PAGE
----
Investigating The Safety Profile Of Body-Coupled Ultrasound For The Auditory System And Tissue Heating During Stimulation

Thumbnail Image

Persistent link to this item

View Statistics

Journal Title

Journal ISSN

Volume Title


Investigating The Safety Profile Of Body-Coupled Ultrasound For The Auditory System And Tissue Heating During Stimulation

Published Date




Thesis or Dissertation


The use of ultrasound (US) for therapeutic purposes has increased in the past couple of decades with many exciting applications. US can non-invasively interact with tissue in the central nervous system (CNS) with high spatial and temporal precision, thus allowing for development of novel treatments for various disorders of the CNS. Two techniques include the ability of US to modulate neural activity and the ability to transiently open the blood-brain-barrier (BBB). Transiently opening the BBB allows localized delivery of therapeutic agents into the CNS that would not otherwise be able to achieve adequate concentrations for a therapeutic effect due to the restrictive nature of the BBB. Additionally, performing neuromodulation non-invasively with US provides the possibility for a lower risk treatment option over technologies such as deep brain stimulators or direct cortical electrical stimulation. When investigating US neuromodulation, the SONIC Lab discovered that body-coupled US readily activated the auditory system of a guinea pig through a peripheral, cochlear mechanism. This cochlear activation putatively occurs through vibrations of the cerebrospinal fluid which in turn vibrate the cochlear fluids through the cochlear aqueduct. With the rapid growth of these fields, safety studies and regulatory guidance have fallen behind. No groups have investigated the safety of stimulation for the auditory system but have begun to investigate tissue safety. Groups have typically used the Food and Drug Administration’s Guidance of Diagnostic Ultrasound to claim adequate safety, although actual parameter settings differ from diagnostic US. The current work investigated how published US neuromodulation and BBB opening parameters affect the auditory system. We show that many standard parameters in these two fields cause electrophysiological changes in the auditory system that are consistent with damage. We observed reductions in the amplitudes of waves of the auditory brainstem responses (ABR) in the guinea pig model as well as an increase in recorded thresholds of ABRs and electrocochleography. US center frequency appears to influence the overall extent of damage that occurs where lower frequencies (220 kHz) caused more damage than higher frequencies (520 kHz and 1 MHz). Additionally, we were interested in investigating the safety of chronic US stimulation for the hearing system. Other studies from the SONIC Lab show the ability to deliver complex auditory information using amplitude modulated US. Therefore, we tested various US stimuli with complex spectro-temporal properties in a chronic implant preparation and determined better stimuli design based on auditory system health. We report the need for informed stimulus design after observing larger safe dynamic ranges with amplitude modulated or ramped US stimuli and from choice of US carrier frequency. In addition to hearing affects, regulatory guidance has fallen behind on demonstrating thermal safety of stimulation with the variety of indications and parameters for developing therapeutic ultrasound techniques. Therefore, we developed a computational model to estimate the increase in temperature that a sonicated tissue would experience from US and designed a regulatory friendly and simple framework of implementation that can be more tailored to indication specific scenarios. This model provides a better estimate of safety from thermal effects of US than the standard thermal index used in diagnostic US with use of the t43 measure. We compare the computational results with experimental heating data. The model has been approved by the FDA during a pre-submission meeting for use with a novel therapeutic device to show device output safety clinical.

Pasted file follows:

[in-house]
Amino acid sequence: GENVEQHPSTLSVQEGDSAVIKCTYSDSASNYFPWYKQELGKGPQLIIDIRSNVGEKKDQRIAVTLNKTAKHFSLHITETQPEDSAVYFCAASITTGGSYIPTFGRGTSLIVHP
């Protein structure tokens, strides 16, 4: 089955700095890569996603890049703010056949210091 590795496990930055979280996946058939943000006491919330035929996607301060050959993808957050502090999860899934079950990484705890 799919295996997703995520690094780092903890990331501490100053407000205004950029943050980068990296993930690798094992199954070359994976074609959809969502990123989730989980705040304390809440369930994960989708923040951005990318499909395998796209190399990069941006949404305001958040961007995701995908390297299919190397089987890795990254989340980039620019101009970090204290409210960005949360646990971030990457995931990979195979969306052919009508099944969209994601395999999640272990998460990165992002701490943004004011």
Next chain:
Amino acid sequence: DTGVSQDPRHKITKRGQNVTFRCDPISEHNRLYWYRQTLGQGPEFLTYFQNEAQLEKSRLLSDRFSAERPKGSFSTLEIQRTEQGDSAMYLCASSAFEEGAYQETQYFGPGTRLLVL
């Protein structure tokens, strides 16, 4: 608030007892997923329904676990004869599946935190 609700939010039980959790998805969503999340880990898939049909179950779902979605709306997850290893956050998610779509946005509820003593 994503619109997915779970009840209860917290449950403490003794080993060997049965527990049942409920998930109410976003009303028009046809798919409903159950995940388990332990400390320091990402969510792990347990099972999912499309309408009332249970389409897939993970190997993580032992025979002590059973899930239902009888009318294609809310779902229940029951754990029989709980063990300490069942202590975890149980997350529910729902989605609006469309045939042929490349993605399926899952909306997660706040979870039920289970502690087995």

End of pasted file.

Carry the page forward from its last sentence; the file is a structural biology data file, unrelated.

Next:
University of Minnesota Ph.D. dissertation. November 2023. Major: Biomedical Engineering. Advisor: Hubert Lim. 1 computer file (PDF); x, 178 pages.

Related to




Series/Report Number

Funding information

Isbn identifier

Doi identifier

Previously Published Citation

Suggested citation

Basile, John. (2023). Investigating The Safety Profile Of Body-Coupled Ultrasound For The Auditory System And Tissue Heating During Stimulation. Retrieved from the University Digital Conservancy,

Content distributed via the University Digital Conservancy may be subject to additional license and use restrictions applied by the depositor. By using these files, users agree to the Terms of Use. Materials in the UDC may contain content that is disturbing and/or harmful. For more information, please see our statement on harmful content in digital repositories.